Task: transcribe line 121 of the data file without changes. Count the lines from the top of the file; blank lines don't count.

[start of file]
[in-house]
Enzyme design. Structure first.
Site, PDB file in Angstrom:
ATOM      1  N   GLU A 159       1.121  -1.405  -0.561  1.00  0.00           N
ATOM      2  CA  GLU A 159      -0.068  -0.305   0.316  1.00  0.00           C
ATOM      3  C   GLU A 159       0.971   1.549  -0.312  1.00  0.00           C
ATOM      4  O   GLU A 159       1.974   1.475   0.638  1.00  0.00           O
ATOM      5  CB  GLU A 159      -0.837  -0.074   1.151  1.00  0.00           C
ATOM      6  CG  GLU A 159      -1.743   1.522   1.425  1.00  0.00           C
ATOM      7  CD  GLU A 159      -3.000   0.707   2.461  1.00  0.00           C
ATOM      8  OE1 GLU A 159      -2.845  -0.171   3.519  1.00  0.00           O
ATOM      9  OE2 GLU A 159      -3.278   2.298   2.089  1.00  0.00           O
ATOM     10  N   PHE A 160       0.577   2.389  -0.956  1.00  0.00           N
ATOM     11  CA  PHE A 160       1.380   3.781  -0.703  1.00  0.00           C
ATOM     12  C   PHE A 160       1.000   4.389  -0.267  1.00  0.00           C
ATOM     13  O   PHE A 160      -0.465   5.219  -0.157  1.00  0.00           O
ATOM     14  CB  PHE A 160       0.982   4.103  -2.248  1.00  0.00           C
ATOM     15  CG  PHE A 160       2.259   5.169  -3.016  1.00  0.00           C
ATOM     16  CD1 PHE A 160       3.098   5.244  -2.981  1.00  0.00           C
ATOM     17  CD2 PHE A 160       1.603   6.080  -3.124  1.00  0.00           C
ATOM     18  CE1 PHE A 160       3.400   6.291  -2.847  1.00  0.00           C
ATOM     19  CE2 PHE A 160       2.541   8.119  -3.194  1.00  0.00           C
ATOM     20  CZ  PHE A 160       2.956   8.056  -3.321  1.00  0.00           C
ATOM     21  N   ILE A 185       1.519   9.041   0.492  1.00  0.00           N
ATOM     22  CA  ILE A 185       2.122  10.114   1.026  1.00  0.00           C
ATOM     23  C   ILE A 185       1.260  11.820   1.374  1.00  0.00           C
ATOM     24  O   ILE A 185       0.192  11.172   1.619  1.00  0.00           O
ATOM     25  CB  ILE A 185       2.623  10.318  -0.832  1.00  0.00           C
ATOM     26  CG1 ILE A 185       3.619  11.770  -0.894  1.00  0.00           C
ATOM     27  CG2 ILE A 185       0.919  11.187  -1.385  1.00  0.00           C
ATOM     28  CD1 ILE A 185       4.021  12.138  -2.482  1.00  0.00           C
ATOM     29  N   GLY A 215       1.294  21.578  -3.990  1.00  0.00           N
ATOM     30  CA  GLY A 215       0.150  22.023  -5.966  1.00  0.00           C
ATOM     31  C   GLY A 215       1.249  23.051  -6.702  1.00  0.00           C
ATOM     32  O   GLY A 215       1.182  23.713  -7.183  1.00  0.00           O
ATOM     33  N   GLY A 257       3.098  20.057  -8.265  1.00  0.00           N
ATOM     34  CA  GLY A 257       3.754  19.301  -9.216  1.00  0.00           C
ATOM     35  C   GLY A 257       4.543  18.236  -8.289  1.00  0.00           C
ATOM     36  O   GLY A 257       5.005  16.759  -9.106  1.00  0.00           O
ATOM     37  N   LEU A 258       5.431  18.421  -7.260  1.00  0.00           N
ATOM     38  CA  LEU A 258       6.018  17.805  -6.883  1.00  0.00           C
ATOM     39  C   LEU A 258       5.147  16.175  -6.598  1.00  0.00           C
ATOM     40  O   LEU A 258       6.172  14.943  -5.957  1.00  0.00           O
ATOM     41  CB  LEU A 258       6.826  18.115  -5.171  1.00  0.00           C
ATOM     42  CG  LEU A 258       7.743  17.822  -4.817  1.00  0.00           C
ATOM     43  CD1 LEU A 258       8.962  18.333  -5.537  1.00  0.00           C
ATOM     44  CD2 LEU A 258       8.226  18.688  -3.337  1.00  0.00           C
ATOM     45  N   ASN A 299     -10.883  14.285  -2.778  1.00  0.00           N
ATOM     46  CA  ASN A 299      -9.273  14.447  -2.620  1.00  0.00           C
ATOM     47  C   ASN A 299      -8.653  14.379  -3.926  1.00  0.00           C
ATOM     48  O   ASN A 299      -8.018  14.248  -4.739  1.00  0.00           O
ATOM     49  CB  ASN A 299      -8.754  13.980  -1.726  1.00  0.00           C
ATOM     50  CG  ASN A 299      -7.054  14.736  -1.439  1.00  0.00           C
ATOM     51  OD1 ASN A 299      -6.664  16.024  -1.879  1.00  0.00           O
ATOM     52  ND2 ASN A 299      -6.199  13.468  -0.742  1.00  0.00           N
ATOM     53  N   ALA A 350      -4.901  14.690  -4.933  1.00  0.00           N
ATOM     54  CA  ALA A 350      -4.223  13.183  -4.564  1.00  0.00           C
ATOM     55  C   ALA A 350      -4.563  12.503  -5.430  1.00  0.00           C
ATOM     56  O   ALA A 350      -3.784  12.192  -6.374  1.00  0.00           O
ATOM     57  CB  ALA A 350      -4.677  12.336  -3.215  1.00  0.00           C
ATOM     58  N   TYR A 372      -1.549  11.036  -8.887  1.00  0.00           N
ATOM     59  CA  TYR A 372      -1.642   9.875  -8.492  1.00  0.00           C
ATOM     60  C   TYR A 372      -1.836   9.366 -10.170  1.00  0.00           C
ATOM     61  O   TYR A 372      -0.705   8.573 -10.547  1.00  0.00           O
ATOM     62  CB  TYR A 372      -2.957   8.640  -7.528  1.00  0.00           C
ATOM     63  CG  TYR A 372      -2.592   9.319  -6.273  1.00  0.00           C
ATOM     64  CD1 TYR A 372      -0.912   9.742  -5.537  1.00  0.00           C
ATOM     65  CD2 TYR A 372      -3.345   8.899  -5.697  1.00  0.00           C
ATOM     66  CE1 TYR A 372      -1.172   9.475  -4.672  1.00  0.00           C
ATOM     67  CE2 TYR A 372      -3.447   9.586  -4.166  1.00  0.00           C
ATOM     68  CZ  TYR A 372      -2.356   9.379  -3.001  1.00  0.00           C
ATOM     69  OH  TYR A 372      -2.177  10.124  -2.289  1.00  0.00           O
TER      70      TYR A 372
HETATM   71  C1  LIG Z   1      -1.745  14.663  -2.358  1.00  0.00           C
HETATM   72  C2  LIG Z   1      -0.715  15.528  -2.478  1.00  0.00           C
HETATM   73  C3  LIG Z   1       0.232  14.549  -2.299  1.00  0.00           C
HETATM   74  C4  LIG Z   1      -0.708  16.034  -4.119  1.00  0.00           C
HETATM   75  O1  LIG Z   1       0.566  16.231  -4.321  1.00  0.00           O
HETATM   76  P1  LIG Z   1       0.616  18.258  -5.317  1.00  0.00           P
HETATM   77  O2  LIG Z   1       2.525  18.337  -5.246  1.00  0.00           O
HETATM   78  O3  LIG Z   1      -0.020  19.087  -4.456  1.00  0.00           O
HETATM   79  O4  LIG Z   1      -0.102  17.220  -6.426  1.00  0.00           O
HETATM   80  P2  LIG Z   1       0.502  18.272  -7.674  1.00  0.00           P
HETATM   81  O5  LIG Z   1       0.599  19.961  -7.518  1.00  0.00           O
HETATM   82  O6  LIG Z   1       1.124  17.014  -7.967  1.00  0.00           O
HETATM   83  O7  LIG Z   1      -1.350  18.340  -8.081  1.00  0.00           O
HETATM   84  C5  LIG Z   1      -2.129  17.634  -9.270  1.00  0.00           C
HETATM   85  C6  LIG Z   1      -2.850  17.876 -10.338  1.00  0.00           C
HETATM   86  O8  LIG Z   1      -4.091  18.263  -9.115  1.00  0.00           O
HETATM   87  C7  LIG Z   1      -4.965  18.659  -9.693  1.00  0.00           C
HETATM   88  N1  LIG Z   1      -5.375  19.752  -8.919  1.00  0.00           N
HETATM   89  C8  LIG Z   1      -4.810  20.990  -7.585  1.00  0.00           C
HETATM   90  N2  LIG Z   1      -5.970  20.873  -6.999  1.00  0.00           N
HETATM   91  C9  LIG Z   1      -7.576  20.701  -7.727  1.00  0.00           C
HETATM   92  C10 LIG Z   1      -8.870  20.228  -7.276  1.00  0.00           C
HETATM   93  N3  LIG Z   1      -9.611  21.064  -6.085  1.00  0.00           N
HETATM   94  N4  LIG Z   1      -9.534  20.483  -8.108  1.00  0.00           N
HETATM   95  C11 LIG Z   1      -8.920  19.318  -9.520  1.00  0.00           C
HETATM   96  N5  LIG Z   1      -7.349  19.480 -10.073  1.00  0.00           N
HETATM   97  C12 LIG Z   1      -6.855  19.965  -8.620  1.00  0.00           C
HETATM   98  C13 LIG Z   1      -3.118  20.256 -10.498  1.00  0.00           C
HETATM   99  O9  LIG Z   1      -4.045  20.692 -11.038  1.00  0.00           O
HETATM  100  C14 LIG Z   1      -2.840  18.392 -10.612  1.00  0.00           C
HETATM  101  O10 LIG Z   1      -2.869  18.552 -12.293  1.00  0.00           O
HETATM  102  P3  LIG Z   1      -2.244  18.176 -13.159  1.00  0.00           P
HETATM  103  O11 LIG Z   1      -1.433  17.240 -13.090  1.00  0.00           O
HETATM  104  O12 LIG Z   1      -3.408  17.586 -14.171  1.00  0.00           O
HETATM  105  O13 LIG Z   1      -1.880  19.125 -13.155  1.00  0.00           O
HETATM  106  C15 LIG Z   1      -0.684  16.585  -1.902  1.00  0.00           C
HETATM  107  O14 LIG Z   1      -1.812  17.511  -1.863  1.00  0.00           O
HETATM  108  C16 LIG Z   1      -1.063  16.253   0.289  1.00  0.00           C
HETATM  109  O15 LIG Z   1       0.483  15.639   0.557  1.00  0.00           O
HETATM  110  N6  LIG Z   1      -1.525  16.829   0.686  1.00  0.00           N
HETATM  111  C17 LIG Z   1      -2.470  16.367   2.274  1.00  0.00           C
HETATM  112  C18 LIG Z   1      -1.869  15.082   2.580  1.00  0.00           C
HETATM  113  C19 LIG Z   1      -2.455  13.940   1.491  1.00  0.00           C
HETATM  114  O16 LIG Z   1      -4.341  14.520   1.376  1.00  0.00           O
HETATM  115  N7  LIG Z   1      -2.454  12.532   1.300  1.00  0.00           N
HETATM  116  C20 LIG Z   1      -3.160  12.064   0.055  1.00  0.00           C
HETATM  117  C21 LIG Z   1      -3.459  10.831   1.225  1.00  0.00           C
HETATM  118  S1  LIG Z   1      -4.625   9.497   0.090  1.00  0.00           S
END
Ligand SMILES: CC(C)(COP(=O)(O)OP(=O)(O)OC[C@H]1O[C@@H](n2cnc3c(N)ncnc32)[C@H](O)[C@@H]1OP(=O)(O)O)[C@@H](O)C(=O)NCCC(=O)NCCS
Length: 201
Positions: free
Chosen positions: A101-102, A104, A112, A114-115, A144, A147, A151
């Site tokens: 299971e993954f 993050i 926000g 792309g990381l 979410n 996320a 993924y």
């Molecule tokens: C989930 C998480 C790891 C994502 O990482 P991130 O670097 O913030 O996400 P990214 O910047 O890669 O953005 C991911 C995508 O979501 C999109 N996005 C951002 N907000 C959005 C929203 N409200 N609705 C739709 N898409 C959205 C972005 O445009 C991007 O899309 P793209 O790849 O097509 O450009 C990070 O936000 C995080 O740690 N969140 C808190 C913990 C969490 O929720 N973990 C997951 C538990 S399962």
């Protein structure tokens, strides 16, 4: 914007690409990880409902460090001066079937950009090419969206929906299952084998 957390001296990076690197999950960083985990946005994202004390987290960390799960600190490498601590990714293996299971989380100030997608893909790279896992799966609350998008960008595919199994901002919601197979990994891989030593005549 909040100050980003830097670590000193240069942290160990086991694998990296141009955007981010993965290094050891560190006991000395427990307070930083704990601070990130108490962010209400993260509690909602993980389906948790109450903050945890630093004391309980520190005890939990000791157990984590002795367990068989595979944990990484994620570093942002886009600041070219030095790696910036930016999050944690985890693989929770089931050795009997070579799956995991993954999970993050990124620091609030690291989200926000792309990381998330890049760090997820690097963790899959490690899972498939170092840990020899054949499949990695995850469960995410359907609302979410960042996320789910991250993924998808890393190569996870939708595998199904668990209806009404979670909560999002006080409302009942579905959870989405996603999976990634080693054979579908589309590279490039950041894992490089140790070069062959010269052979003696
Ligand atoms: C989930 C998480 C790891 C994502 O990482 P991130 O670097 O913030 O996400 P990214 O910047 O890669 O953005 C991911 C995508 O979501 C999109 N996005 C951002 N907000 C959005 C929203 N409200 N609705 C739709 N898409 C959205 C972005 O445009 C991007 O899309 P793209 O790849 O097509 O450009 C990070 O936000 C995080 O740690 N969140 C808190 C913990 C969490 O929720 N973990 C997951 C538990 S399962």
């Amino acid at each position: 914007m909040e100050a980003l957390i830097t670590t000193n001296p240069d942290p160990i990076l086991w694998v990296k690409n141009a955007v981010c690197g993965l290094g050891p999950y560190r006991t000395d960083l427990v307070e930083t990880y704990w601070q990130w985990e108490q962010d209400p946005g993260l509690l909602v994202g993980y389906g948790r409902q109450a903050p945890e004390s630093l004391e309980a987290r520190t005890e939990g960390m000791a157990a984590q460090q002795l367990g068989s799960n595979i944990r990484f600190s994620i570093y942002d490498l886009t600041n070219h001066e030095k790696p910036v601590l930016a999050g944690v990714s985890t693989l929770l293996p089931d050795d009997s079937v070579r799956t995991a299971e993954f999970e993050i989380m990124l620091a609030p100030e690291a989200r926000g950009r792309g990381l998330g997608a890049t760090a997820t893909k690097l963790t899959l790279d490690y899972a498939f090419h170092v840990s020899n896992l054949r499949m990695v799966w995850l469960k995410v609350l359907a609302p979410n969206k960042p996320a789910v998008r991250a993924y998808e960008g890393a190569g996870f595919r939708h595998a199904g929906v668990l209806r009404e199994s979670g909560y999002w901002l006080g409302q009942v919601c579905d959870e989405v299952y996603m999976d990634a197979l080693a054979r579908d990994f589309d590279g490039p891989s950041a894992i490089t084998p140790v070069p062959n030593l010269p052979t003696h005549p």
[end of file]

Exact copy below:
HETATM  118  S1  LIG Z   1      -4.625   9.497   0.090  1.00  0.00           S